Cerebral edema associated with craniectomy and arterial hypertension.
The present studies were performed to determine whether cerebral edema will develop as a consequence of arterial hypertension and/or craniectomy. Arterial hypertension was induced for 30 minutes by inflation of a balloon catheter situated in the descending aorta, and a parietal craniectomy was performed. The cerebral edema noticed was evaluated by macroscopic and microscopic observations, BBB permeability of HRP and Evans blue and water content. In addition, ICP was measured in the cisterna magna and ICPP by a catheter-tip transducer. In arterial hypertension or craniectomy alone, some small areas of Evans blue extravasation with increased water content were seen in the cortex, which corresponded to the occipito-parietal parts of the arterial boundary zones. In contrast, when arterial hypertension was combined with craniectomy, these lesions extended further into underlying white matter with increased water content. Forty-eight hours later, extensive brain edema with a shift of midline structures developed on the side of craniectomy which differed from that in arterial hypertension or craniectomy alone. It is suggested that some hydrostatic pressure gradients, particularly between blood vessel and surrounding extracellular space and among different areas within the brain parenchyma, may play an important role in the development of brain edema.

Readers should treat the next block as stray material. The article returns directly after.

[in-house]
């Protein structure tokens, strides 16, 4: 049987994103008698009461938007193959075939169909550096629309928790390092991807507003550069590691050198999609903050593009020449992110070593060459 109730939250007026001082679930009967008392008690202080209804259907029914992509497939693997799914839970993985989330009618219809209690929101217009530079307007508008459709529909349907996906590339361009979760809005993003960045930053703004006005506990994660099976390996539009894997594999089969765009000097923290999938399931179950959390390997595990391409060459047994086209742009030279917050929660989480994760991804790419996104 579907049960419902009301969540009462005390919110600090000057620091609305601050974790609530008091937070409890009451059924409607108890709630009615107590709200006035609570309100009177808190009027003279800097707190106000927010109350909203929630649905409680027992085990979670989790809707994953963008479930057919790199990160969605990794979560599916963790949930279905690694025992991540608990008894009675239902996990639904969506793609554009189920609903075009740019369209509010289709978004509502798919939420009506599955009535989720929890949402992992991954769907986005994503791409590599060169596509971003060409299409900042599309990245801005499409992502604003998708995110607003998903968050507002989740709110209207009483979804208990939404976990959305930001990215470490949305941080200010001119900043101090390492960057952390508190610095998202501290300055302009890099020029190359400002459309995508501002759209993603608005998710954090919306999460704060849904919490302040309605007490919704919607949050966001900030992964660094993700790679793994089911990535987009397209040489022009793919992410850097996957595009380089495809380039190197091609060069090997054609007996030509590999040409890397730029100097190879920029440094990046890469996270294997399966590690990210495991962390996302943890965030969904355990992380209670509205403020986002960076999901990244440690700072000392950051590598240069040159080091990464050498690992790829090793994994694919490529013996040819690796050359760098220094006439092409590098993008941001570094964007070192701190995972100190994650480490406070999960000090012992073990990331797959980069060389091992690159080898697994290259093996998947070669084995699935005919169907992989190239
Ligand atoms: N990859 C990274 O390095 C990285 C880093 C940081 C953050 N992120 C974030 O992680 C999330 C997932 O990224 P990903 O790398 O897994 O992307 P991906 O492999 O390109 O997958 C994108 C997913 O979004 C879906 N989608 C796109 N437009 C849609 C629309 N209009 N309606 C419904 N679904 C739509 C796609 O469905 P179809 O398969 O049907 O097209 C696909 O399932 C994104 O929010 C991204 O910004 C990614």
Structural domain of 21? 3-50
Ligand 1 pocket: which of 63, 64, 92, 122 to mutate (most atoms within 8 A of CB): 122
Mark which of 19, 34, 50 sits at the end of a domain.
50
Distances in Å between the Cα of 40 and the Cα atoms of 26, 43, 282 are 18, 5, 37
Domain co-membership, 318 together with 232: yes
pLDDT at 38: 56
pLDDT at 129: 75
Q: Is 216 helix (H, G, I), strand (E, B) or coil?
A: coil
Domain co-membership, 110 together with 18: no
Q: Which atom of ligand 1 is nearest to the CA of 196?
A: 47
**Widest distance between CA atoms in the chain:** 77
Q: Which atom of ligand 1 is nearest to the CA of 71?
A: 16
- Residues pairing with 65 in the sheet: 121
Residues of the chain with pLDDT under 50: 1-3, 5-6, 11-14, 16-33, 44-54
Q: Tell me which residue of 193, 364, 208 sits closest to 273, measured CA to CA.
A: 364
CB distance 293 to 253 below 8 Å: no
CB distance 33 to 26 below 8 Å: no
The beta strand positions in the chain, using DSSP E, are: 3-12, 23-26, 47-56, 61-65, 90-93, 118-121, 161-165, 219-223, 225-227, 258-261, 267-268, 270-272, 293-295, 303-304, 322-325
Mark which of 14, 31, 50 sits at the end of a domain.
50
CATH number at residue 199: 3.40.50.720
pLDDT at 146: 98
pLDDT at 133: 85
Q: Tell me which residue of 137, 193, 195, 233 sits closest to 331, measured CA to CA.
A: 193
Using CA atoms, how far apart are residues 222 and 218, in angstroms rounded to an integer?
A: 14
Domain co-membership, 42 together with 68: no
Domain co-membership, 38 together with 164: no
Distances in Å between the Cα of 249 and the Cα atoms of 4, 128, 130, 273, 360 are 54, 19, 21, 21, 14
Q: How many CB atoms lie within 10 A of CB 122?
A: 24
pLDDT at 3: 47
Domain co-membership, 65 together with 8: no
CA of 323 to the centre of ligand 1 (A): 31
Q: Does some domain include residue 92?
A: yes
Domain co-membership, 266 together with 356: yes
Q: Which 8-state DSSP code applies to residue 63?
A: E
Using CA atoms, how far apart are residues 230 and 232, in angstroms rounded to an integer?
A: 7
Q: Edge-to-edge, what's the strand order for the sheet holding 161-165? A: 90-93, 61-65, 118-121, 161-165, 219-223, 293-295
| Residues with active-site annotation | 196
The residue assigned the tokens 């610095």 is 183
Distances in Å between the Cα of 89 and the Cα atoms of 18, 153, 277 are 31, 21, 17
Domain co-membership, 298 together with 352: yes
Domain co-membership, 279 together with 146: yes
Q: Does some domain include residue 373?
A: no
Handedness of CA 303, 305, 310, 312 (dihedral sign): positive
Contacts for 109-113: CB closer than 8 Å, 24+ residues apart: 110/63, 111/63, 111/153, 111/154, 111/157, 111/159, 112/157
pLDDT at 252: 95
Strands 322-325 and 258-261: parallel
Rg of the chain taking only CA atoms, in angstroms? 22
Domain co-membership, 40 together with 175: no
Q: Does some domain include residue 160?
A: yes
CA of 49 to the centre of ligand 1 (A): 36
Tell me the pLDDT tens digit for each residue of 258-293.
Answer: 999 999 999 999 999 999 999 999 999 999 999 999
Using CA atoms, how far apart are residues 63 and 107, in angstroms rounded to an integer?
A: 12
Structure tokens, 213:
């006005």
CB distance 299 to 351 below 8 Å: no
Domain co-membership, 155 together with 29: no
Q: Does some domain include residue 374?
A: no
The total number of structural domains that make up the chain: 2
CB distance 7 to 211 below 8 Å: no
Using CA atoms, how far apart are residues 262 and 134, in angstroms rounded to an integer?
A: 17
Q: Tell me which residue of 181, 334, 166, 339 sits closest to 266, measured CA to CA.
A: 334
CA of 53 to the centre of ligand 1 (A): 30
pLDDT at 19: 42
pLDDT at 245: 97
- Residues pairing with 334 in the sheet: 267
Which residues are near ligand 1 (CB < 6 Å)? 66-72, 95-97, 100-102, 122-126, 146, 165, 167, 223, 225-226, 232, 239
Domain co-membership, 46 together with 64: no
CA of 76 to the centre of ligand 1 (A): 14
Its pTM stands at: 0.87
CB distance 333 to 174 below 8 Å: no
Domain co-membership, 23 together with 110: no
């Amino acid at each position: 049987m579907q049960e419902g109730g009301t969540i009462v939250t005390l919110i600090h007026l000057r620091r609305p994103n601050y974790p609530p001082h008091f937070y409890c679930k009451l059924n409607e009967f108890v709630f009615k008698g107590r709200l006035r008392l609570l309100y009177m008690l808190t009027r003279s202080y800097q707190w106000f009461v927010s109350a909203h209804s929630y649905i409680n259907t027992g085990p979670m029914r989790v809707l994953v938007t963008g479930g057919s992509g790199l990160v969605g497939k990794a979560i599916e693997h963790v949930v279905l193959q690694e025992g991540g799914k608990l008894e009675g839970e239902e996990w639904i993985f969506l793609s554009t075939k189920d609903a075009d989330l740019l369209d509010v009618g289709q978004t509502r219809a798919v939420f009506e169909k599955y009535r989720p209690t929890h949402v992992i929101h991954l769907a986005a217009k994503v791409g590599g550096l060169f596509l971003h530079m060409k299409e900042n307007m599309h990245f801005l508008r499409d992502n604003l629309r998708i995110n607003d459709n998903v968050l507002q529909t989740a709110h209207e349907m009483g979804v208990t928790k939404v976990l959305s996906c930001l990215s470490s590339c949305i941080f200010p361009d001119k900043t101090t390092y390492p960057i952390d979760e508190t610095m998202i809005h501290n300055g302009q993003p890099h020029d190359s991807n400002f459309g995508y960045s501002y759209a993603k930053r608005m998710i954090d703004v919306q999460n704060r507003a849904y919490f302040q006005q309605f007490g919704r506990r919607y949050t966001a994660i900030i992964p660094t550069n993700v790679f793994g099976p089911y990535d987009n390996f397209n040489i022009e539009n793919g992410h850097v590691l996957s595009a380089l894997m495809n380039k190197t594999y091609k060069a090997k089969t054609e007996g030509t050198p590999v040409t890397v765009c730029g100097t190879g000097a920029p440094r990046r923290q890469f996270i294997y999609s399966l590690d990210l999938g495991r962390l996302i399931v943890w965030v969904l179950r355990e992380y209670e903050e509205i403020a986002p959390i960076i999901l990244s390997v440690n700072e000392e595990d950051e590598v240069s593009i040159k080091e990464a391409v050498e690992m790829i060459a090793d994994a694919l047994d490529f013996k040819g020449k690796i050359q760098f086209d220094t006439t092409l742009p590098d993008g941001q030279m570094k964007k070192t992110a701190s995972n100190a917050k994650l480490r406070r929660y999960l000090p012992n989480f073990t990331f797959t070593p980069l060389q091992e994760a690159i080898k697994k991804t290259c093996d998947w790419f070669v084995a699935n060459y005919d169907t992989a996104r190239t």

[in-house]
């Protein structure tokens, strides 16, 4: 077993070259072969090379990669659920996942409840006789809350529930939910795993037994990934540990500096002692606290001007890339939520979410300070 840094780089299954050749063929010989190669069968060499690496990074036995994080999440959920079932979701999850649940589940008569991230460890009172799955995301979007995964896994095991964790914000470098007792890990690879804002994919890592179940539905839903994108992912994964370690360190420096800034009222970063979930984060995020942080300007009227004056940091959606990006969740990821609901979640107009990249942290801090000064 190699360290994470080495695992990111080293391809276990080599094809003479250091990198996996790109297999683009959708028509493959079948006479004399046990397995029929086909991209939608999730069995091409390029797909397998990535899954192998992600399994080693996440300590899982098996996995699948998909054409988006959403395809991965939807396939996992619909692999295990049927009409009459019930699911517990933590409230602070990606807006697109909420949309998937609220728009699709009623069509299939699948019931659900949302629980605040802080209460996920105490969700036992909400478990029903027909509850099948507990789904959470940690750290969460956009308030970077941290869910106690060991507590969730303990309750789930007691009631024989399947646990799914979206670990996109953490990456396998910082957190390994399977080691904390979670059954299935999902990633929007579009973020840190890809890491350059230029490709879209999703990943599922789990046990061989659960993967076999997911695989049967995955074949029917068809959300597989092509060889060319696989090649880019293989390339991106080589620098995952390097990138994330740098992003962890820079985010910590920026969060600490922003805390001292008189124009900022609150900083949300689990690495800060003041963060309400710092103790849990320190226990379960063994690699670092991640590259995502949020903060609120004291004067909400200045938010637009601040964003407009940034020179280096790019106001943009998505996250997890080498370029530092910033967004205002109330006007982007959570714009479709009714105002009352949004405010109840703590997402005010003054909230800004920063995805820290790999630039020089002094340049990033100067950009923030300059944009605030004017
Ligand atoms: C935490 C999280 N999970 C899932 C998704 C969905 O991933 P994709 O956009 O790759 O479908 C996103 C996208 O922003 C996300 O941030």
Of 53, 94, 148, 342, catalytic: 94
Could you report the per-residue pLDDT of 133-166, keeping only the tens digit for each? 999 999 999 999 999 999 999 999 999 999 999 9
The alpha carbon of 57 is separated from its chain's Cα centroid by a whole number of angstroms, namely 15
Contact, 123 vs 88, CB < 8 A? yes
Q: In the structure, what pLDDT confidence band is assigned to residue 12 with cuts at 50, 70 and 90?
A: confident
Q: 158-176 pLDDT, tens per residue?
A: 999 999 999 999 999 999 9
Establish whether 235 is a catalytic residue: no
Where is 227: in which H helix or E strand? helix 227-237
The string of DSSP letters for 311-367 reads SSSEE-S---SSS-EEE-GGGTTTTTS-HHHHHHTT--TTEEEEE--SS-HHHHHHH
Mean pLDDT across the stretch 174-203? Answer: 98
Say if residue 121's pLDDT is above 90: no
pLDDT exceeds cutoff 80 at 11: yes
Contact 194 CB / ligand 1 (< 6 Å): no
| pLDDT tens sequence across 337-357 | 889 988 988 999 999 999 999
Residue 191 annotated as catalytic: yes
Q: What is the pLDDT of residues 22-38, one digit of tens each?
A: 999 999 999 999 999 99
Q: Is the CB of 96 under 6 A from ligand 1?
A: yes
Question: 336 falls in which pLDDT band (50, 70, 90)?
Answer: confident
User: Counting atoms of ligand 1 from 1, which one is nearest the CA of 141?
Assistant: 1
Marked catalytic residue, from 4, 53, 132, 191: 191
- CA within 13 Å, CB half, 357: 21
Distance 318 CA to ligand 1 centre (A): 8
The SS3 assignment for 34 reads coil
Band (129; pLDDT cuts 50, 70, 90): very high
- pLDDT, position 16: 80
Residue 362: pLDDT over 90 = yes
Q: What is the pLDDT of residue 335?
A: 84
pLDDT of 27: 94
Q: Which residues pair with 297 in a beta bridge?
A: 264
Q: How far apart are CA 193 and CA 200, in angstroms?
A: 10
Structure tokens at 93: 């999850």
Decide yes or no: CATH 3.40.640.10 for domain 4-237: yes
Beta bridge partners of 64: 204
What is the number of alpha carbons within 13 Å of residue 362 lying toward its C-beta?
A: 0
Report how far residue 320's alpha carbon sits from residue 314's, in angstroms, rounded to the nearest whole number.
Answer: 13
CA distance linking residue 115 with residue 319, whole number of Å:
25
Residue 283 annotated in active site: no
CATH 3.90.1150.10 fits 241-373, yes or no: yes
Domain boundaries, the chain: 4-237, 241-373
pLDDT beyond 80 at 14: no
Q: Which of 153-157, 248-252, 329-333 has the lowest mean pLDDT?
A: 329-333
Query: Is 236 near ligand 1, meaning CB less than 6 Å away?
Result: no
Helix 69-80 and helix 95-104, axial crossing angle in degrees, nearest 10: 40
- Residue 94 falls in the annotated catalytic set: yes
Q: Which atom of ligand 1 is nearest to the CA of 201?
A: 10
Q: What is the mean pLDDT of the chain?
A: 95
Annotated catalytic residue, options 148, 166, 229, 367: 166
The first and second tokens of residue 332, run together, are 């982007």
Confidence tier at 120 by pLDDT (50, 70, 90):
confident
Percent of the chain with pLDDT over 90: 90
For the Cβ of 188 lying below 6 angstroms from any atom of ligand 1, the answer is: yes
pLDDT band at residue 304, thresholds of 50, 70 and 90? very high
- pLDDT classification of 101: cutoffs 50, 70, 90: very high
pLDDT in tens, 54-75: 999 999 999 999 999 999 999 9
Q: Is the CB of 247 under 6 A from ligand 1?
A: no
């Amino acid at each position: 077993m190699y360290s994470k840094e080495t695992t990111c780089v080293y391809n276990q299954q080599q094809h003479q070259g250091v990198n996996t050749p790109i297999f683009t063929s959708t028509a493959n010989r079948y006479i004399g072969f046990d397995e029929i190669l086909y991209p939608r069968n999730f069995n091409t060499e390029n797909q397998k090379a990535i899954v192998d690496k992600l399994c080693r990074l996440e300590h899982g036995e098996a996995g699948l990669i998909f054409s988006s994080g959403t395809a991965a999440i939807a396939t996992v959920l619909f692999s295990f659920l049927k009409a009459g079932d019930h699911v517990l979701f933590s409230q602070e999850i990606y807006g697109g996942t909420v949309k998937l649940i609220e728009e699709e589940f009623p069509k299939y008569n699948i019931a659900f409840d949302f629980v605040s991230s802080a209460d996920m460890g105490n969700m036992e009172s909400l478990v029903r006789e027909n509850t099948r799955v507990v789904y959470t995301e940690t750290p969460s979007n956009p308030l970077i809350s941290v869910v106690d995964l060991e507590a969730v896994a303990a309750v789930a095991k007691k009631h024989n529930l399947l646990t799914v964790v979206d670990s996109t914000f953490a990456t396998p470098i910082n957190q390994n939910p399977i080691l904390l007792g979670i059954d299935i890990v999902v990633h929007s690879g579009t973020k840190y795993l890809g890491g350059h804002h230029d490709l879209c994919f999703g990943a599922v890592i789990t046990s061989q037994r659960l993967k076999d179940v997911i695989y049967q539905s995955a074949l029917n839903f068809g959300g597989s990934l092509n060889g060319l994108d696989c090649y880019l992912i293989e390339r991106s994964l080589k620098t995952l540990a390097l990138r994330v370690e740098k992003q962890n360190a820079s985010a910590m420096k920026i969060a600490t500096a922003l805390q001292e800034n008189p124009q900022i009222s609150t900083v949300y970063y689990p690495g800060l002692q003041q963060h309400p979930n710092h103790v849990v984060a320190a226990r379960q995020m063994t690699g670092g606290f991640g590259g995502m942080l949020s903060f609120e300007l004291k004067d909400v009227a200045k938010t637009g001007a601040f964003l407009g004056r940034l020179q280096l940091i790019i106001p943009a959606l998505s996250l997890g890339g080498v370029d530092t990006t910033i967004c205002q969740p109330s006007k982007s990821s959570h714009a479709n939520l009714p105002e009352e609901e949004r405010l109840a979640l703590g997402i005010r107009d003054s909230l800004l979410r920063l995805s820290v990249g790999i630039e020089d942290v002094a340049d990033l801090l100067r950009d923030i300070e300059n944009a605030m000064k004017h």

- Copyright © 1985 by American Heart Association